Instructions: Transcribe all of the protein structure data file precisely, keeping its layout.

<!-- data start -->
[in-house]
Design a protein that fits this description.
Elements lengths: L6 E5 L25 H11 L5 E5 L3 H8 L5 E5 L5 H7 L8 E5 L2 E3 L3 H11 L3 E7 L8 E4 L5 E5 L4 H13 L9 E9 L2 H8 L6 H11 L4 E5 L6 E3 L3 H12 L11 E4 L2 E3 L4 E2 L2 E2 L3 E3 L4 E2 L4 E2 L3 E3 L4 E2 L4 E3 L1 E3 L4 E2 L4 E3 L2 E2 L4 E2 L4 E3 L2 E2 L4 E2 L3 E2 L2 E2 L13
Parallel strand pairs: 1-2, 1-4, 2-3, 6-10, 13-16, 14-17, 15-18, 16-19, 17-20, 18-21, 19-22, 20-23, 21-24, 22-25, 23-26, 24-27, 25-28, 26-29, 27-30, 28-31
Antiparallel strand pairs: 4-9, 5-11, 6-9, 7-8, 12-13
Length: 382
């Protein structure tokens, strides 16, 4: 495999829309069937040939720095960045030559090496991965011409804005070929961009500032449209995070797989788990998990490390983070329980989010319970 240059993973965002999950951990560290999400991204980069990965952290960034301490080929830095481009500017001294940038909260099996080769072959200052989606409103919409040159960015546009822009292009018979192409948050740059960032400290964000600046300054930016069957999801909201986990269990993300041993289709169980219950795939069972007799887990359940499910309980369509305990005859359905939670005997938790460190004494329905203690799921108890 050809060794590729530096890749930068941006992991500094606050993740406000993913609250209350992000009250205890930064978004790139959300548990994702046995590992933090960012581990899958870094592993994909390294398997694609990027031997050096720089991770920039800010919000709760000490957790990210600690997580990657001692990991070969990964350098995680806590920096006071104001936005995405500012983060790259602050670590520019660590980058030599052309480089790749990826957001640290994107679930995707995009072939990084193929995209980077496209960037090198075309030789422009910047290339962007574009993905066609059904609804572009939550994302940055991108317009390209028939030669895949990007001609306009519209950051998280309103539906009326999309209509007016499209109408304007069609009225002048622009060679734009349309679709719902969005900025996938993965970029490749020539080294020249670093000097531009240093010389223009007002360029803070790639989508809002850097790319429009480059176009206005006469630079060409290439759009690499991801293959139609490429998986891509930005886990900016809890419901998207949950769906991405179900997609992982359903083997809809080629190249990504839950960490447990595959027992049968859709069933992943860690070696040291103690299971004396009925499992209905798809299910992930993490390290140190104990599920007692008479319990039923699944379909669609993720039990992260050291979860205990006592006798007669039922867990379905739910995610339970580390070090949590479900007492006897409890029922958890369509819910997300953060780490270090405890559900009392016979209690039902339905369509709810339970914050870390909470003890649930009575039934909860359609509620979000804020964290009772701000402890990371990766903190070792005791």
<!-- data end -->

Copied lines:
[in-house]
Design a protein that fits this description.
Elements lengths: L6 E5 L25 H11 L5 E5 L3 H8 L5 E5 L5 H7 L8 E5 L2 E3 L3 H11 L3 E7 L8 E4 L5 E5 L4 H13 L9 E9 L2 H8 L6 H11 L4 E5 L6 E3 L3 H12 L11 E4 L2 E3 L4 E2 L2 E2 L3 E3 L4 E2 L4 E2 L3 E3 L4 E2 L4 E3 L1 E3 L4 E2 L4 E3 L2 E2 L4 E2 L4 E3 L2 E2 L4 E2 L3 E2 L2 E2 L13
Parallel strand pairs: 1-2, 1-4, 2-3, 6-10, 13-16, 14-17, 15-18, 16-19, 17-20, 18-21, 19-22, 20-23, 21-24, 22-25, 23-26, 24-27, 25-28, 26-29, 27-30, 28-31
Antiparallel strand pairs: 4-9, 5-11, 6-9, 7-8, 12-13
Length: 382
């Protein structure tokens, strides 16, 4: 495999829309069937040939720095960045030559090496991965011409804005070929961009500032449209995070797989788990998990490390983070329980989010319970 240059993973965002999950951990560290999400991204980069990965952290960034301490080929830095481009500017001294940038909260099996080769072959200052989606409103919409040159960015546009822009292009018979192409948050740059960032400290964000600046300054930016069957999801909201986990269990993300041993289709169980219950795939069972007799887990359940499910309980369509305990005859359905939670005997938790460190004494329905203690799921108890 050809060794590729530096890749930068941006992991500094606050993740406000993913609250209350992000009250205890930064978004790139959300548990994702046995590992933090960012581990899958870094592993994909390294398997694609990027031997050096720089991770920039800010919000709760000490957790990210600690997580990657001692990991070969990964350098995680806590920096006071104001936005995405500012983060790259602050670590520019660590980058030599052309480089790749990826957001640290994107679930995707995009072939990084193929995209980077496209960037090198075309030789422009910047290339962007574009993905066609059904609804572009939550994302940055991108317009390209028939030669895949990007001609306009519209950051998280309103539906009326999309209509007016499209109408304007069609009225002048622009060679734009349309679709719902969005900025996938993965970029490749020539080294020249670093000097531009240093010389223009007002360029803070790639989508809002850097790319429009480059176009206005006469630079060409290439759009690499991801293959139609490429998986891509930005886990900016809890419901998207949950769906991405179900997609992982359903083997809809080629190249990504839950960490447990595959027992049968859709069933992943860690070696040291103690299971004396009925499992209905798809299910992930993490390290140190104990599920007692008479319990039923699944379909669609993720039990992260050291979860205990006592006798007669039922867990379905739910995610339970580390070090949590479900007492006897409890029922958890369509819910997300953060780490270090405890559900009392016979209690039902339905369509709810339970914050870390909470003890649930009575039934909860359609509620979000804020964290009772701000402890990371990766903190070792005791």